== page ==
Pogba and company [we miss you, Mikhi] are certainly enjoying life in Mourinho's absence, scoring goals, playing entertaining football, smiling and laughing. Even if the perfection can't last, the enjoyment should continue. They call Old Trafford Theatre of Dreams for a reason. Mourinho made it a nightmare.
If that rant about Jose Mourinho wasn't enough to make the point, Antonio Conte's third appearance on this list ought to prove that managers can often rub players the wrong way as often as the other way around. And if we're going back to the money argument, google the salaries of the managers at the Premier League's top six clubs. One group of millionaires doesn't have the right to abuse another just like your boss and mine must observe certain courtesies.
To be fair to Conte, however, Diego Costa was no Michy Batshuayi or Paul Pogba. No one would call the transplanted Brazilian happy-go-lucky. He had a way of getting under your skin like a little sister with a black belt in Muay Thai. For all the difficulties he caused in the clubhouse or on the training ground, he was ten times worse on the pitch against opponents. The goals he scored and trophies delivered made him worth the hassle.
Conte didn't see it that way. Conte is no longer employed. Enough said.
Zlatan Ibrahimovic is a bit like Diego Costa albeit three inches taller with three miles more talent. You wouldn't call him happy-go-lucky either but he does know how to have fun and really does have a black belt.
As a kid, his dream was to play for Barcelona. Pep Guardiola never entered that dream. Unfortunately, the current Manchester City boss inhabited the reality when Ibra arrived at the Nou Camp. Like Michy Batsuayi, Zlatan contributed when given the chance but it was soon clear Guardiola had no use for him. The indifference he showed the Swede begged the question what was so wrong with Samuel Eto'o that Pep would agree to the swap that left him with Ibra?
Unlike Michy Batshuayi, Zlatan was an established superstar with a few centuries of goals under his belt and a moving lorry filled with silverware. He wasn't at the club or manager's mercy. Tactfully, he kept his own counsel and engineered his departure at season's end, never looking back. To this day, his only response when asked about the problem with Guardiola is that he had no problem and the interviewer should ask Pep.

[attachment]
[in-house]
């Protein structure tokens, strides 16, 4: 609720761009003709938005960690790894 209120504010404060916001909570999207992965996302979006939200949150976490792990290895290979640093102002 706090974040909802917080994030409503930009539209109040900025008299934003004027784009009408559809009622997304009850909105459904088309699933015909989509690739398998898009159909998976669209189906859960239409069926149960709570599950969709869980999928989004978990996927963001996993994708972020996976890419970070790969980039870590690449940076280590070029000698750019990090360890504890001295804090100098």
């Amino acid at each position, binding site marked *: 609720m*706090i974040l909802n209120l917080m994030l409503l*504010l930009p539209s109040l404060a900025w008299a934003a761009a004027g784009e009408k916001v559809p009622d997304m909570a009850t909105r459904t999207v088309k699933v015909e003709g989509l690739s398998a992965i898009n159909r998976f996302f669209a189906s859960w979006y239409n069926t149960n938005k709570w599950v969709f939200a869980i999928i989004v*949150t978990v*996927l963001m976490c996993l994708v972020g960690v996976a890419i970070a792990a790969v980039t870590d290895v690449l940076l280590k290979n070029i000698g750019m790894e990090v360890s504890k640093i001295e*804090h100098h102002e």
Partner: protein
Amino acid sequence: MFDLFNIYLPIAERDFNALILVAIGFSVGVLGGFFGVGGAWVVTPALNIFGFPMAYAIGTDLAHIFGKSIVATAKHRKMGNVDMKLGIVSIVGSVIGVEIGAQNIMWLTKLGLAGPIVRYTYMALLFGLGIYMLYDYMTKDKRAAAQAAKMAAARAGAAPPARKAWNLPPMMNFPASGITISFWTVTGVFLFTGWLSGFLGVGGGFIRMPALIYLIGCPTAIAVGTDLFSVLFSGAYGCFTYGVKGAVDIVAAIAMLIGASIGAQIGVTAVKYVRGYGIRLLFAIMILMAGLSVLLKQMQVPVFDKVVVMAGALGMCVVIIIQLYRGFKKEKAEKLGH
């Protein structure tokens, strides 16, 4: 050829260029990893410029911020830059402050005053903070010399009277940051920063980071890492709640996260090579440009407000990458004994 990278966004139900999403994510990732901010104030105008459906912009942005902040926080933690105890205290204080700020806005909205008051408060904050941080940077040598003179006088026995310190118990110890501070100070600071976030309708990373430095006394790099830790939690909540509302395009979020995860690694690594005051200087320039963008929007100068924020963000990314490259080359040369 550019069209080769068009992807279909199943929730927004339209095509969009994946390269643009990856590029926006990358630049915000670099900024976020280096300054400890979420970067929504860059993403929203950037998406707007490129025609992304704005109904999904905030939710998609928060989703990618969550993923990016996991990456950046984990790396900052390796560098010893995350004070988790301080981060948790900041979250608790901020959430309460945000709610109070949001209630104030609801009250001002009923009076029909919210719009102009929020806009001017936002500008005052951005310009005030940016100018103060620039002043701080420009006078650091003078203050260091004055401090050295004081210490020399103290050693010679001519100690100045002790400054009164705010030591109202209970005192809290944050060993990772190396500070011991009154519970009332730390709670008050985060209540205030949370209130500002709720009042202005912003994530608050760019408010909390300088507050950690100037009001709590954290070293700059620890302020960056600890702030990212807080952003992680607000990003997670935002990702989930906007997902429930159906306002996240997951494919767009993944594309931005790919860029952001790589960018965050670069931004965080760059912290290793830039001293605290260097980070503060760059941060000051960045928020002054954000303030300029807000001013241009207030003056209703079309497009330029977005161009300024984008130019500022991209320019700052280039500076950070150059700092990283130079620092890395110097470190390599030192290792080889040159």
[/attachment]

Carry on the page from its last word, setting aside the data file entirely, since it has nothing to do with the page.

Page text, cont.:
It's a good recipe for life: chase your dreams; catch them; leave the shite where it lays.
How does a player go from being Spain's best player in an otherwise disappointing World Cup to riding the bench at the Santiago Bernabeu? Apparently, a dip in form isn't necessary. Isco notched a goal and an assist in his first five games in La Liga under Julen Lopetegui. Another strike came in the Champions League and a brace in the Copa del Rey. His numbers in the early going set a pace beyond the nine goals and ten assists registered in 49 appearances for Zinedine Zidane in 2017/18.
The Spaniard struggled to find form after an October appendectomy but has enjoyed little more than cameos under new manager Santiago Solari. He was a never a full-time starter for Zizou or Lopetegui but a key member in the rotation always. Under the Argentine, he is yet to start a match.
Coy on the subject, Solari insists no personal issues are involved in the decision not to play the Spanish international. On the other hand, he told reporters he wasn't the man to "advise" the player on what is necessary to return to the first team and that the player has been around long enough to know. My wife used to tell me I ought to know why she didn't want me in the first team, too. Did I mention a lack of communication was an issue in our separation?
A manager's job is to communicate his strategies to the team so that they are executed effectively. That doesn't sound like Real Madrid these days. To admit to leaving his most promising player out of tactical discussions, if he's having them with any players at all, brings into question his suitability to lead the club.
Ask fans about Mauricio Pochettino's personality and you're liable to hear words like calm, cool and composed. Rational, flexible and openminded also filter into the conversation. Professional, certainly. It's odd then to discover there's a striker he refuses to consider amid an injury crisis.
Harry Kane is out six weeks. Heung-Min Son is with South Korea at the Asian Cup. Fernando Llorente struggled against Fulham. Dele Alli left the match early clutching at his hamstring. Yet, the Argentine has no time for striker Vincent Janssen.
The Dutchman's numbers for Fenerbache last season were acceptable. In 16 Super Lig matches, he produced four goals and four assists. In two cup matches, he added another strike. Foot surgery shelved him after returning to Spurs in the summer but he has a goal in 108 minutes with the Tottenham U23s.
When specifically asked about Janssen with regards to the manpower shortage in attack, Pochettino was terse.
"He is not in my plans."
Wow. If ever there was a time to give someone an opportunity, this is it for Spurs, but Janssen has no path back into the first team. Rumours about work ethic surfaced but that's a changeable condition. Poch's decree was far more final.
Apparently, we all have our lines in the sand.